* Pentagon wants to grow spending, despite record deficit
* Presidential commission may take aim at defense spending
By Phil Stewart
WASHINGTON, Aug 30 The end of the U.S. combat mission in Iraq may increase pressure on the Pentagon to trim spending, giving ammunition to lawmakers who have long wanted to take aim at the massive defense budget.
The United States will formally end its combat mission in Iraq on Tuesday, ahead of a scheduled withdrawal of all U.S. forces next year. President Barack Obama also aims to start withdrawing U.S. forces from Afghanistan in July 2011.
Given mounting concern over the giant U.S. budget deficit, those drawdowns could be potent political arguments for advocates of making defense cuts part of the overall effort to trim federal spending.
Tackling defense spending has been a politically taboo topic since the Sept. 11, 2001, attacks on the United States, but that may be changing, analysts say.
"We're about to enter into a glacial shift in thinking about the size of the defense budget. And the wars (are) no longer the iron-clad protection that the budget increasers had," said Winslow Wheeler, director of the Straus Military Reform Project at the Center for Defense Information.
The Pentagon fiercely opposes cuts and is pushing for at least 1 percent real growth in coming years in its "top line" budget, the total amount spent on non-war operations. While spending on the Iraq war is declining, costs for the Afghan war are reaching record highs.
Defense Secretary Robert Gates, who has voiced concern that Congress may attempt to trim defense spending, has pre-emptively unveiled job cuts and the closure of an entire military command. But savings from such "efficiencies" would be reinvested elsewhere within the defense budget.
Proponents of reducing overall defense spending include many Obama Democrats, who are increasingly wary about the cost of the unpopular, nine-year-old Afghan war and who are applauding Obama's attempts to bring the Iraq war to an end.
But even some conservative Republicans, mindful of the deficit, are taking a close look at military spending, which has roughly doubled in real terms since the Sept. 11 attacks. Congress has appropriated more than $1 trillion on the two wars alone since 2001 while spending has also skyrocketed in the core defense budget.
Republican Senator Tom Coburn told Reuters that the Pentagon was wrong to think it would be immune to broader efforts to reduce federal spending and tackle the deficit, steps he said were needed regardless of the Iraq drawdown.
"There's no question of waste at the Pentagon," Coburn said. Asked about Pentagon hopes to dodging the budget ax indefinitely, Coburn said: "Well, that isn't going to happen... you better be prepared because it isn't going to happen."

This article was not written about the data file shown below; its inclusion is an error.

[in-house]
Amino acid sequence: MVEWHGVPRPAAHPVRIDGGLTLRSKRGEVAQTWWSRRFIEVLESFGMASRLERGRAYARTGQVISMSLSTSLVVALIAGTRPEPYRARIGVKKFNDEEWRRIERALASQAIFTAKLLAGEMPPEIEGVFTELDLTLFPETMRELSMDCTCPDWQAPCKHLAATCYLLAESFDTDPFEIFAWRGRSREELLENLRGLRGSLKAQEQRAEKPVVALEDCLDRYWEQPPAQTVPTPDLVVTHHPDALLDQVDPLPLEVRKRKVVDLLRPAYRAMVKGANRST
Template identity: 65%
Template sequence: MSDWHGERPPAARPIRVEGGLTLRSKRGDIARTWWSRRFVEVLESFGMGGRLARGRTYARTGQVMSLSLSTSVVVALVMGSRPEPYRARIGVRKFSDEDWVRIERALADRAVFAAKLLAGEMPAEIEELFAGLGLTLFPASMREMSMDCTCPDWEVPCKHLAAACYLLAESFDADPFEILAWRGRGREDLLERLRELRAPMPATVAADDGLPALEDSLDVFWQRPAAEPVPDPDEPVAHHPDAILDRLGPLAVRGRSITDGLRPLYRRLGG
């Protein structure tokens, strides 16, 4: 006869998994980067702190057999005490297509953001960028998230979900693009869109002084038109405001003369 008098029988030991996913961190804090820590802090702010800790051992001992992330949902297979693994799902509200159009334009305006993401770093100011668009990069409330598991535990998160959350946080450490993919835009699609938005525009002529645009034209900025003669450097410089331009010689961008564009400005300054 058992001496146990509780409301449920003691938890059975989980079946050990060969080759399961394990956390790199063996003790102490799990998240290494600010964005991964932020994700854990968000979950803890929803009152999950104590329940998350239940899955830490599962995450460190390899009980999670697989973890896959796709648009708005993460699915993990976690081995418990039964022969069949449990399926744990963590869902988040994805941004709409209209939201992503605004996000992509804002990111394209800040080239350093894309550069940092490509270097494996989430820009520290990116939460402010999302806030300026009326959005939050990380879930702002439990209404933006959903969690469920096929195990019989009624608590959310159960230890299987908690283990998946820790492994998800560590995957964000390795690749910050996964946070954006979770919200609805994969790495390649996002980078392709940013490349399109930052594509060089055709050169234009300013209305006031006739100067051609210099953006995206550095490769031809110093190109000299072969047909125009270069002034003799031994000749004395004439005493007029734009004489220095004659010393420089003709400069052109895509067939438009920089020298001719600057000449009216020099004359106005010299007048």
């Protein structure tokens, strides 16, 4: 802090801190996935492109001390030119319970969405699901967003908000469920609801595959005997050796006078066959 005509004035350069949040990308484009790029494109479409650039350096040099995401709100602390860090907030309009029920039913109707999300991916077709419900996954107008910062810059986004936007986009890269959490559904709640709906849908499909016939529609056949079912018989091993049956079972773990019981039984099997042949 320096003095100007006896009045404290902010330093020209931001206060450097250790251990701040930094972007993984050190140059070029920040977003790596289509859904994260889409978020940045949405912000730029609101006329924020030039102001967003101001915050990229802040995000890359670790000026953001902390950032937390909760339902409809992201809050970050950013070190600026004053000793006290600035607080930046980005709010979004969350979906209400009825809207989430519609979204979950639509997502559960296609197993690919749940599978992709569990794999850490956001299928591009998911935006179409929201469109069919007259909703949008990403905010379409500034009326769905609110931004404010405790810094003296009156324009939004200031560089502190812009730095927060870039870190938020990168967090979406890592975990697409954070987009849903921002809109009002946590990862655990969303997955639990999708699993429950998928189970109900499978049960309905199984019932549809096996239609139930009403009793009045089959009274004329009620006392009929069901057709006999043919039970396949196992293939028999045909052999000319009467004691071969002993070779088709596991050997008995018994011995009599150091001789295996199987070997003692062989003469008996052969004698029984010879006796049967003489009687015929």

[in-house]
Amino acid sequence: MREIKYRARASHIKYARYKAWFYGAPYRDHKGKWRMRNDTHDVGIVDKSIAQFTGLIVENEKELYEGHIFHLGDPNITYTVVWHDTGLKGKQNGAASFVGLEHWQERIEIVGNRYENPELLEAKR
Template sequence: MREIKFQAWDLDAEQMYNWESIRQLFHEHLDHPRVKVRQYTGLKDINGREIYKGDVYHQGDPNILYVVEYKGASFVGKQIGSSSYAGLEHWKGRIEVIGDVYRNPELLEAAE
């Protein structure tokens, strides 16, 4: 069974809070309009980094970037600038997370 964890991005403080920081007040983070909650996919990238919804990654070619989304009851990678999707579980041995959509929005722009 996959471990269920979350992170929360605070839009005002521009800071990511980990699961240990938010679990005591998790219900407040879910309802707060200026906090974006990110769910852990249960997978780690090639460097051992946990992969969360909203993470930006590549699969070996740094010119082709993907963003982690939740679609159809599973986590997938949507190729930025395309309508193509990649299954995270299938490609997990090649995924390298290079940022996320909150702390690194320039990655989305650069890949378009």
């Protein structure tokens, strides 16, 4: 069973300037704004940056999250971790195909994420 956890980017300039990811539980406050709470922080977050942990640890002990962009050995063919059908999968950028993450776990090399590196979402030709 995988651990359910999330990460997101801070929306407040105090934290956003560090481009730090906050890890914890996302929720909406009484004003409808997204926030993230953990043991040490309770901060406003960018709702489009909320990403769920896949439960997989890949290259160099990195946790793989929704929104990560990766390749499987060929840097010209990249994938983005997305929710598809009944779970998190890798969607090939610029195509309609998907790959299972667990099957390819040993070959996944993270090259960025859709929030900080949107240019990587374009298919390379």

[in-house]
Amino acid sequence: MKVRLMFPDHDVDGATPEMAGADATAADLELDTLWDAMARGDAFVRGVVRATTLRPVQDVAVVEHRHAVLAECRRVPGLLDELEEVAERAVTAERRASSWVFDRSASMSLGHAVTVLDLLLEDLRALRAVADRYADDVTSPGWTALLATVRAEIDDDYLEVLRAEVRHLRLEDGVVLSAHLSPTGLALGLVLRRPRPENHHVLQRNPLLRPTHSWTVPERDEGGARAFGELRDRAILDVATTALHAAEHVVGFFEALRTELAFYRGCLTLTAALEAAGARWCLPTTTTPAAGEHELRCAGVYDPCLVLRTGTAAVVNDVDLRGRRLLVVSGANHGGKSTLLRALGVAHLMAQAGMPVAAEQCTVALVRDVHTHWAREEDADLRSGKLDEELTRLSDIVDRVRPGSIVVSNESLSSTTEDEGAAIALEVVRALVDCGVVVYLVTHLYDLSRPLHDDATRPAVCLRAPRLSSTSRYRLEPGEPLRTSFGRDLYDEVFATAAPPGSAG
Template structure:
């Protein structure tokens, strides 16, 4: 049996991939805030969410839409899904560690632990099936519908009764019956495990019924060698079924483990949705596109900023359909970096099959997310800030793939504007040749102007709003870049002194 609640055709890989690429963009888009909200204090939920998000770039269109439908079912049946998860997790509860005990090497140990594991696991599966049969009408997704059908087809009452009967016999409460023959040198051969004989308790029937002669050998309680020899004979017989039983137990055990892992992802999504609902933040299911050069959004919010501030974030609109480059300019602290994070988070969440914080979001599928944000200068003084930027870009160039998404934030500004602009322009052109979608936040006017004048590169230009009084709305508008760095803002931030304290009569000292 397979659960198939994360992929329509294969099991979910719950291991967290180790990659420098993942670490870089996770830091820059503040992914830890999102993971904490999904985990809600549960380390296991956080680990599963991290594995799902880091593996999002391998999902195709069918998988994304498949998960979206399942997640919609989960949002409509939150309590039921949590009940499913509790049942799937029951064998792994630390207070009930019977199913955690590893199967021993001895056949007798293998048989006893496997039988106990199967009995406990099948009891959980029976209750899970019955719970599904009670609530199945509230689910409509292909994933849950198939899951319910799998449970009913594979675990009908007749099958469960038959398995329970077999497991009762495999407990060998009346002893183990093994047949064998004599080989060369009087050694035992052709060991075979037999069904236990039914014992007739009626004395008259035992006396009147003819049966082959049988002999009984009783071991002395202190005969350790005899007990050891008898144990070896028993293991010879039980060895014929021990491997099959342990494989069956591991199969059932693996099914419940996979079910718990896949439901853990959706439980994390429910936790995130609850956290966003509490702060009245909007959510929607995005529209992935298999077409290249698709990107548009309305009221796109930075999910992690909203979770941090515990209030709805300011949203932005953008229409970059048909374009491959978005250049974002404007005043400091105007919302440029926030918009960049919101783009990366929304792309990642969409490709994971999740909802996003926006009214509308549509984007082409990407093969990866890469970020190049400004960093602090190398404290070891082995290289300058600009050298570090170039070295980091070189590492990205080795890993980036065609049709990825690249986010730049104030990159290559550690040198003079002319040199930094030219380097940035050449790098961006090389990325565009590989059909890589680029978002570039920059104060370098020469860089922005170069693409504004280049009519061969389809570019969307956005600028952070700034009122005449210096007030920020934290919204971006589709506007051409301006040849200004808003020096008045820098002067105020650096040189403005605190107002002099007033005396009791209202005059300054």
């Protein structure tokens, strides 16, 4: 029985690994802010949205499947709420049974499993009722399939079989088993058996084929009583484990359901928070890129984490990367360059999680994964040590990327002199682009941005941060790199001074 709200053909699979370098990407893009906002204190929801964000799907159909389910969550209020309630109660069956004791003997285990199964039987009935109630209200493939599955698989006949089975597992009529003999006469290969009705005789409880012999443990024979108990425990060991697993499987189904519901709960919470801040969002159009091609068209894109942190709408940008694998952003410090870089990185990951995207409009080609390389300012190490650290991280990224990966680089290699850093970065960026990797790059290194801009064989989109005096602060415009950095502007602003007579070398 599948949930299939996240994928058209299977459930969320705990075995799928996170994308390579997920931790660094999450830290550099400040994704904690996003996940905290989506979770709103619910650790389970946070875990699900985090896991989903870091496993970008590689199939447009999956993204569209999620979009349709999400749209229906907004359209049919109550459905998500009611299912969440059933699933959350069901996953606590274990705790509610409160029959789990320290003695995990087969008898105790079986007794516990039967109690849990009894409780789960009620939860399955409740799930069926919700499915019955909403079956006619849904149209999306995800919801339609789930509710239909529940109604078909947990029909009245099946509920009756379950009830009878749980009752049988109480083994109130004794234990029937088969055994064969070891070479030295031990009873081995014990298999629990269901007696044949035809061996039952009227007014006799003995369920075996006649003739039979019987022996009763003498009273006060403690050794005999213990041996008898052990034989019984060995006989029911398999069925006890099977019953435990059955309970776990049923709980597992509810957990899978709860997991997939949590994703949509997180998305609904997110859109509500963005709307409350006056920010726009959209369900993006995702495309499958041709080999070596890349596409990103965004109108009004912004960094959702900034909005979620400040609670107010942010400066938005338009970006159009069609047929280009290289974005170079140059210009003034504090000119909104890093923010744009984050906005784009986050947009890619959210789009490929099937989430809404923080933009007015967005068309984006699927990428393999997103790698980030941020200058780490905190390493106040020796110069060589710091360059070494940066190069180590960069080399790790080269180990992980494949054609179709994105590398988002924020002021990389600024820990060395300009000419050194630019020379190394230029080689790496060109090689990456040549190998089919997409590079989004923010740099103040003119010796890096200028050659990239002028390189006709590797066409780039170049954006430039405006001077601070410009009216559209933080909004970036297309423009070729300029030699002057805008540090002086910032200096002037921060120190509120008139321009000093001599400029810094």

Obama's budget for 2011 called for $548.9 billion for the Defense Department's base budget, a real increase of 1.8 percent in purchasing power over the sum appropriated in fiscal 2010 for activities excluding Iraq, Afghanistan and other hot spots.
DEBT IS TOP SECURITY THREAT
The issue has broad implications for the Pentagon's largest suppliers -- Lockheed Martin Corp (LMT.N), Boeing Co (BA.N), Northrop Grumman Corp (NOC.N), BAE Systems Plc (BAES.L), General Dynamics Corp (GD.N) and Raytheon Co (RTN.N).
It is also political dynamite, exposing Obama to accusations of being soft on defense should he choose to take aim at the Pentagon budget, or that he is irresponsibly spending taxpayer dollars if he doesn't.
A presidential commission charged with finding ways to cut the deficit may partly target the defense budget when it delivers its recommendations to Obama in December -- well after November congressional elections, in which the deficit and the debt have become major issues.
The top U.S. military officer, Admiral Mike Mullen, last week called the $13 trillion-plus U.S. debt "the single biggest threat to our national security."
"We are going to pay interest on the debt, I think it's in 2012, of close to $600 billion. That's one year's worth of defense budget," Mullen, chairman of the U.S. military's Joint Chiefs of Staff, told an audience in Detroit.
"We are a considerable percentage of the discretionary spending in the government. So I think we have to gird ourselves for some pretty significant challenges given the national security challenges we have, as well as the responsibility to steward every dollar that we have."
The Defense Department accounts for 19 percent of U.S. federal spending and roughly half of the country's non-mandated, discretionary spending.
Privately, Pentagon officials caution against making too much of milestones in Iraq and Afghanistan. Iraq is still volatile and could ask for a longer U.S. military commitment, beyond the end-2011 deadline to pull out troops, they say.
Likewise, the start of the U.S. drawdown in Afghanistan next July, if it happens, could be very, very small.
Gates has been front-and-center with a warning that the end of military campaigns should not be used as opportunities to gut defense spending, even in tough times.
"My greatest fear is that in tough economic times that people will see the defense budget as the place to solve the nation's deficit problems," he said earlier this month.
"As I look around the world and see a more unstable world, more failed and failing states, countries that are investing heavily in their militaries ... I think that would be disastrous."
(Additional reporting by James Kelleher in Detroit and Jim Wolf in Washington; Editing by Jackie Frank)